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Am J Surg. 1996 Nov;172(5):558-62; discussion 562-3.

The impact of selective laboratory evaluation on utilization of laboratory resources and patient care in a level-I trauma center.

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Division of Trauma and Critical Care, University of Florida Health Science Center, Jacksonville 32209-6511, USA.



Routine laboratory evaluation of preoperative patients has not been shown to be cost effective when a detailed history and physical examination are performed. However, since such a detailed history is not possible in trauma patients, the time-honored approach has been for laboratory evaluation to be protocol driven. The cost-benefit ratio of this practice has never been evaluated.


Trauma patients who underwent routine laboratory evaluation (n = 552; group I) were compared with patients who had laboratory evaluation based on clinical need (n = 603; group II). A concurrent review of each case in group II was conducted every day while a retrospective review of charts was conducted for patients in group I to determine patient care issues and identify abnormal trauma center test results.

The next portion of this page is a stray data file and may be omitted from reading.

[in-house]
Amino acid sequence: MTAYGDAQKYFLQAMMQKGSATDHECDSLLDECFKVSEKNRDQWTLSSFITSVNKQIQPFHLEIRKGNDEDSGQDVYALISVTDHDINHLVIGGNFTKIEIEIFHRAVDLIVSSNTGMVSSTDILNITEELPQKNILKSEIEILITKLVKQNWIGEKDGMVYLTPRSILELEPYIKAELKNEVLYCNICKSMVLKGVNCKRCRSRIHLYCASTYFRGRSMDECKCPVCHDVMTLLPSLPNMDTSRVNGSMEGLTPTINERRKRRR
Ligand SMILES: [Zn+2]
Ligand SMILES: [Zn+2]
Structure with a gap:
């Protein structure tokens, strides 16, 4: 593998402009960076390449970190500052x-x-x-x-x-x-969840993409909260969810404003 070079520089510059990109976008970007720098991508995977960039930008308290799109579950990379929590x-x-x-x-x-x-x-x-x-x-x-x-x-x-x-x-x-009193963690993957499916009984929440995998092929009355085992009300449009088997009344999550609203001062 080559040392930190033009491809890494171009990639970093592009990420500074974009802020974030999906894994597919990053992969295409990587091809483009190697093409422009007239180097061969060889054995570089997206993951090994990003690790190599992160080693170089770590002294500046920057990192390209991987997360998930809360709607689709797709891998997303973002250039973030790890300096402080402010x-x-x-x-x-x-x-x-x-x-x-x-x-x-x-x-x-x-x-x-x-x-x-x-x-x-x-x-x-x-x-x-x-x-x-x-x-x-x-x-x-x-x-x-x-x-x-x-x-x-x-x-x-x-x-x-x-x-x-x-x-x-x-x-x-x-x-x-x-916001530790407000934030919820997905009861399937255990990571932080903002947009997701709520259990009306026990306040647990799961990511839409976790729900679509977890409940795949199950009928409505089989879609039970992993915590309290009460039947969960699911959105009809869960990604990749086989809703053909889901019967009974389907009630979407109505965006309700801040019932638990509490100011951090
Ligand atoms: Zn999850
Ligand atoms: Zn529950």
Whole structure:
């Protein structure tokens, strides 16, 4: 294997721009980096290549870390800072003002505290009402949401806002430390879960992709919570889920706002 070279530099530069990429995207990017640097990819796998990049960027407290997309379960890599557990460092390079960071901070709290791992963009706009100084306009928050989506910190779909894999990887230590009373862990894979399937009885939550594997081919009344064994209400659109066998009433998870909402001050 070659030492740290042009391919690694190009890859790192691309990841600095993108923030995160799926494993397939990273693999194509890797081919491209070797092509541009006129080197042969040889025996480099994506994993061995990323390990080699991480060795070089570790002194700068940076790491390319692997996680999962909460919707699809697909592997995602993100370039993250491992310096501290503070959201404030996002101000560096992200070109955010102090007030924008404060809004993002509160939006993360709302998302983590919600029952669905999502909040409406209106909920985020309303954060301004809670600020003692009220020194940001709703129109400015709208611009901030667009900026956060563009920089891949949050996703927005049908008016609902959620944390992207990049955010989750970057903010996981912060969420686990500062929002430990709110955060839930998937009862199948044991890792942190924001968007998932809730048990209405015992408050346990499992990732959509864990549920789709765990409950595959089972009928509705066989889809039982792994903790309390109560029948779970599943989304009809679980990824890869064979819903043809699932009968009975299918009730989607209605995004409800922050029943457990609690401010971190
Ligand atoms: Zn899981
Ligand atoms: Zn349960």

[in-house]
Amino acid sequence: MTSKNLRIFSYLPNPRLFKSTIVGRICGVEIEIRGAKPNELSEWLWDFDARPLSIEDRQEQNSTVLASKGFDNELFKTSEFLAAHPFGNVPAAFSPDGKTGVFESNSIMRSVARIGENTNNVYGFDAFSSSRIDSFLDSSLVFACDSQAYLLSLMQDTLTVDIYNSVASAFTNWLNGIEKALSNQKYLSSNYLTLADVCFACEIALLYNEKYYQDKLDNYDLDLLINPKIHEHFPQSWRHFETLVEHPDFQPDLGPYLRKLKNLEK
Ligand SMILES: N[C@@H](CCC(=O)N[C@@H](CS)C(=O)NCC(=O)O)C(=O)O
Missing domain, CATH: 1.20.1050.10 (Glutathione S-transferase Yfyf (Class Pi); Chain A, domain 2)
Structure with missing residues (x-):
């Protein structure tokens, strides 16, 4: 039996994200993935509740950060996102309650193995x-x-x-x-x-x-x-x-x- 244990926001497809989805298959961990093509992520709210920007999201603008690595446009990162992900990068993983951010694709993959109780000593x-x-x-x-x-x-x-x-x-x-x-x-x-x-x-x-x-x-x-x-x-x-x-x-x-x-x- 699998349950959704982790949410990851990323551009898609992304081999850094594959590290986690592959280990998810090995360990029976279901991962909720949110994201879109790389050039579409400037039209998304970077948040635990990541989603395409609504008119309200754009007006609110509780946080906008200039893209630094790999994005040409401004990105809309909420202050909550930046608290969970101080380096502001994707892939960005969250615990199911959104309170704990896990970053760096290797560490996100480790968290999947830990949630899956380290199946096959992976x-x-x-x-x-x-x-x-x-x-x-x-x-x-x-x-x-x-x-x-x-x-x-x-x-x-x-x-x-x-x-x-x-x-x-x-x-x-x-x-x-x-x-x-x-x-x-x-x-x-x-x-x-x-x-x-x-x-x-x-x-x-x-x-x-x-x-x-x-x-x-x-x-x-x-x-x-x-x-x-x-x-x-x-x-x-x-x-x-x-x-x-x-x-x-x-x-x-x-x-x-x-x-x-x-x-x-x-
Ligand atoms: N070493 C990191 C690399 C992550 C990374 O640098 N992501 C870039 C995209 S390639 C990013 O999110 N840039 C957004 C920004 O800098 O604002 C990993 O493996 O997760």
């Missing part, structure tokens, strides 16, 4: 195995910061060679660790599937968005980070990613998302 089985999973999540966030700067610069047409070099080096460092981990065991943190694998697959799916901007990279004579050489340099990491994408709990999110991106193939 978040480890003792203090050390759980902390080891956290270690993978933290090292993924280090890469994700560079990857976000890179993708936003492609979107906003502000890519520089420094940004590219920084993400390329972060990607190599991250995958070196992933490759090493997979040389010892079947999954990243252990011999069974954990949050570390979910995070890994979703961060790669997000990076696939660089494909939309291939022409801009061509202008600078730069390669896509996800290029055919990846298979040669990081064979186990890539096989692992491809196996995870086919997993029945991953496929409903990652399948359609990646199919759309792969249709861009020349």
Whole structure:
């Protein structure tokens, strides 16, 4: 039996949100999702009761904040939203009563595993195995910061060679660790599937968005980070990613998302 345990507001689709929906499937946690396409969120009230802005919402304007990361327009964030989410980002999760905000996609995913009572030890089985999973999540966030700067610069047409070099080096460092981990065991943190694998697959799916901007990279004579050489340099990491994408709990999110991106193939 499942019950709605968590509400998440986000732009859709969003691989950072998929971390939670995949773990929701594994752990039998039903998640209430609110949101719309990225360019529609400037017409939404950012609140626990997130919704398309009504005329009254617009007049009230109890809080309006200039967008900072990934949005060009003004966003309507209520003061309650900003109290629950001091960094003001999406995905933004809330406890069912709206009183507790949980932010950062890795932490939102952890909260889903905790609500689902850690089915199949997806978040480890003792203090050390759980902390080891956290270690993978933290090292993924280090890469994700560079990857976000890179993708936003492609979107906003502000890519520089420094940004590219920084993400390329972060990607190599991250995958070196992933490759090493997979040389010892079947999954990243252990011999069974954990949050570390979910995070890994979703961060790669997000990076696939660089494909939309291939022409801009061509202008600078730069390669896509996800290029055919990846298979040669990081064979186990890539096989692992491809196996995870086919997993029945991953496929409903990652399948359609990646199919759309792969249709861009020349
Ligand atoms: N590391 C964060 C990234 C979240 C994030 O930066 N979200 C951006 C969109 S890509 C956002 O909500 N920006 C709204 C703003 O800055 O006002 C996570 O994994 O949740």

The number of patients with laboratory tests decreased from 97% in group I to 27% in group II (P < 0.0001). Positive chemistry profiles increased (55% versus 92%; P < 0.0001) as did coagulation profiles (8% versus 33%; P < 0.0001). There were no differences in the percentage of patients receiving intervention based on laboratory data (7% in group I versus 8% in group II). No adverse effect on patient care was identified as a result of absent laboratory information in group II. Mortality, length of stay, and intensive care unit days were statistically unchanged. There was an annualized savings of $1.5 million in billed trauma center laboratory charges in group II.


Selective laboratory evaluation of trauma patients can greatly reduce medical cost and does not adversely affect care.

[Indexed for MEDLINE]

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